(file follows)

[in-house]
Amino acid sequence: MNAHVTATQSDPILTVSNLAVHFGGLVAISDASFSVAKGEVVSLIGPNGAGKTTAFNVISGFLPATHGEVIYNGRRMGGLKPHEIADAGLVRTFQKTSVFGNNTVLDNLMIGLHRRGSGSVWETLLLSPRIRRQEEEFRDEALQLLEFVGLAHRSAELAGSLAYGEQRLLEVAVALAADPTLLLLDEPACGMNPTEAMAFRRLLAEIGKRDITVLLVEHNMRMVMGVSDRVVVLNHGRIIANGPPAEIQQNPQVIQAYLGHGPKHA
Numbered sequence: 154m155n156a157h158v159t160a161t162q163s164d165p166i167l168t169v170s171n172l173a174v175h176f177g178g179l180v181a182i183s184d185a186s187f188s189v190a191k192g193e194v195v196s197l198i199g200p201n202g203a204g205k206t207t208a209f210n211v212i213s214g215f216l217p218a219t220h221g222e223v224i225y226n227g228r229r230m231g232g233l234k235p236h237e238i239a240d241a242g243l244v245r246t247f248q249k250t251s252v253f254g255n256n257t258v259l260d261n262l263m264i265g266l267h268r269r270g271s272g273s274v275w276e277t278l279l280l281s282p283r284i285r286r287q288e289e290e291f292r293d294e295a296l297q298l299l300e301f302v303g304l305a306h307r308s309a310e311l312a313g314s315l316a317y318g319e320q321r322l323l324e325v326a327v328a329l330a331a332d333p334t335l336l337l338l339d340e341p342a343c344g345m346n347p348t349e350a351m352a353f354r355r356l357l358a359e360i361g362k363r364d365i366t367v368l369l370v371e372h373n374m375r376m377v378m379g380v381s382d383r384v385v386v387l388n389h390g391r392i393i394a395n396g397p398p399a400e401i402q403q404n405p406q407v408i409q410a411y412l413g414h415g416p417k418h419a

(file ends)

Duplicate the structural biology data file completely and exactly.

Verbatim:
[in-house]
Amino acid sequence: MNAHVTATQSDPILTVSNLAVHFGGLVAISDASFSVAKGEVVSLIGPNGAGKTTAFNVISGFLPATHGEVIYNGRRMGGLKPHEIADAGLVRTFQKTSVFGNNTVLDNLMIGLHRRGSGSVWETLLLSPRIRRQEEEFRDEALQLLEFVGLAHRSAELAGSLAYGEQRLLEVAVALAADPTLLLLDEPACGMNPTEAMAFRRLLAEIGKRDITVLLVEHNMRMVMGVSDRVVVLNHGRIIANGPPAEIQQNPQVIQAYLGHGPKHA
Numbered sequence: 154m155n156a157h158v159t160a161t162q163s164d165p166i167l168t169v170s171n172l173a174v175h176f177g178g179l180v181a182i183s184d185a186s187f188s189v190a191k192g193e194v195v196s197l198i199g200p201n202g203a204g205k206t207t208a209f210n211v212i213s214g215f216l217p218a219t220h221g222e223v224i225y226n227g228r229r230m231g232g233l234k235p236h237e238i239a240d241a242g243l244v245r246t247f248q249k250t251s252v253f254g255n256n257t258v259l260d261n262l263m264i265g266l267h268r269r270g271s272g273s274v275w276e277t278l279l280l281s282p283r284i285r286r287q288e289e290e291f292r293d294e295a296l297q298l299l300e301f302v303g304l305a306h307r308s309a310e311l312a313g314s315l316a317y318g319e320q321r322l323l324e325v326a327v328a329l330a331a332d333p334t335l336l337l338l339d340e341p342a343c344g345m346n347p348t349e350a351m352a353f354r355r356l357l358a359e360i361g362k363r364d365i366t367v368l369l370v371e372h373n374m375r376m377v378m379g380v381s382d383r384v385v386v387l388n389h390g391r392i393i394a395n396g397p398p399a400e401i402q403q404n405p406q407v408i409q410a411y412l413g414h415g416p417k418h419a